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I am trying to get the OutputStream of the Process initiated by exec() to the console. How can this be done?

Here is some incomplete code:

import java.io.BufferedReader;
import java.io.File;
import java.io.IOException;
import java.io.OutputStream;
import java.io.PrintStream;
import java.io.Reader;

public class RuntimeTests
{
    public static void main(String[] args)
    {
        File path = new File("C:\\Dir\\Dir2");
        String command = "cmd /c dir";
        Reader rdr = null;
        PrintStream prtStrm = System.out;
        try
        {
            Runtime terminal = Runtime.getRuntime();

            OutputStream rtm = terminal.exec(command, null, path).getOutputStream();
            prtStrm = new PrintStream(rtm);
            prtStrm.println();
        } 
        catch (IOException e)
        {
            e.printStackTrace();
        }
    }
}
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5 Answers 5

up vote 1 down vote accepted

You need to start a new thread that would read terminal output stream and copy it to the console, after you call process.waitFor()

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I recently ran into this problem and just wanted to mention that since java 7 the process builder api has been expanded. This problem can now be solved with:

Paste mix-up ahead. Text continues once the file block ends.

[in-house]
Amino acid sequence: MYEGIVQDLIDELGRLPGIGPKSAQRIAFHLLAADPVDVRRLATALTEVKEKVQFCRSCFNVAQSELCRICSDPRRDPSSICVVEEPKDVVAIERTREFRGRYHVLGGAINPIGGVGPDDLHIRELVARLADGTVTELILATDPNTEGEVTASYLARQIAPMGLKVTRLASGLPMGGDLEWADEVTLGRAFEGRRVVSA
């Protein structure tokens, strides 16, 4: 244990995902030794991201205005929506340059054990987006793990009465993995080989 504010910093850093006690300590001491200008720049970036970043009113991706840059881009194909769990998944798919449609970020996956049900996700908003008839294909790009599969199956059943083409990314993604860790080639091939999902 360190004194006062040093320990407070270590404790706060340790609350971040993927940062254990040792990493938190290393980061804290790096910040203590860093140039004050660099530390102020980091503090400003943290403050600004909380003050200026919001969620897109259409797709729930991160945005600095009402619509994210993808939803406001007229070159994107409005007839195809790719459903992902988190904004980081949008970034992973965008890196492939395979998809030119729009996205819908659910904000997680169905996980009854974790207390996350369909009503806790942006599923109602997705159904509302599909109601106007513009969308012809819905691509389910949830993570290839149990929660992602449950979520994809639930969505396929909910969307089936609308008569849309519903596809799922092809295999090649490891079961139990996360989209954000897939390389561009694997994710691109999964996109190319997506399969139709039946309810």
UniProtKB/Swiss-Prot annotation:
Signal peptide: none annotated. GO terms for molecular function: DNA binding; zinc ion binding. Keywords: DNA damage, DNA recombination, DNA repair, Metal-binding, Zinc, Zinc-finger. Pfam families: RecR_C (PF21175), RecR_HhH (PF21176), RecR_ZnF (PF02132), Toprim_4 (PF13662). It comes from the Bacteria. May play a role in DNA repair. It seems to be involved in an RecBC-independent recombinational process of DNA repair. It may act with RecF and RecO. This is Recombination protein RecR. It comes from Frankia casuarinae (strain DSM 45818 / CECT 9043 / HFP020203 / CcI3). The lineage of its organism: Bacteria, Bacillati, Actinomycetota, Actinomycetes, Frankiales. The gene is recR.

ProcessBuilder pb = new ProcessBuilder("yourcommand");
pb.redirectOutput(Redirect.INHERIT);
pb.redirectError(Redirect.INHERIT);
Process p = pb.start();

I hope this helps :)

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2  
Perfect and elegant answer. If you can use Java 7, this is absolutely the way to go. –  Shane Mar 17 '13 at 8:45

I believe this is what you're looking for:

  String line;
  Process p = Runtime.getRuntime().exec(...);
  BufferedReader input = new BufferedReader(new InputStreamReader(p.getInputStream()));
  while ((line = input.readLine()) != null) {
    System.out.println(line);
  }
  input.close();
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1  
I have a question to your solution: Is there no need to use process.waitFor()? It works also without but why? Does the InputStreamReader wait until the stream ends? –  das Keks Apr 4 '13 at 13:57
2  
Yes, API: If no byte is available because the end of the stream has been reached, the value -1 is returned. This method blocks until input data is available, the end of the stream is detected, or an exception is thrown. –  Stijn Geukens Apr 4 '13 at 19:15
    
add a redirectErrorStream(true) for completeness. –  Jeffrey Blattman Mar 26 at 18:17

I faced the similar problem and I am using the following code.

Process p = Runtime.getRuntime().exec(".....");
p.waitFor();

String line;

BufferedReader error = new BufferedReader(new InputStreamReader(p.getErrorStream()));
while((line = error.readLine()) != null){
    System.out.println(line);
}
error.close();

BufferedReader input = new BufferedReader(new InputStreamReader(p.getInputStream()));
while((line=input.readLine()) != null){
    System.out.println(line);
}

input.close();

OutputStream outputStream = p.getOutputStream();
PrintStream printStream = new PrintStream(outputStream);
printStream.println();
printStream.flush();
printStream.close();
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Try VerboseProcess from jcabi-log:

String output = new VerboseProcess(new ProcessBuilder("foo.bat")).stdout();

The class starts a background thread, listens to the output stream, and logs it.

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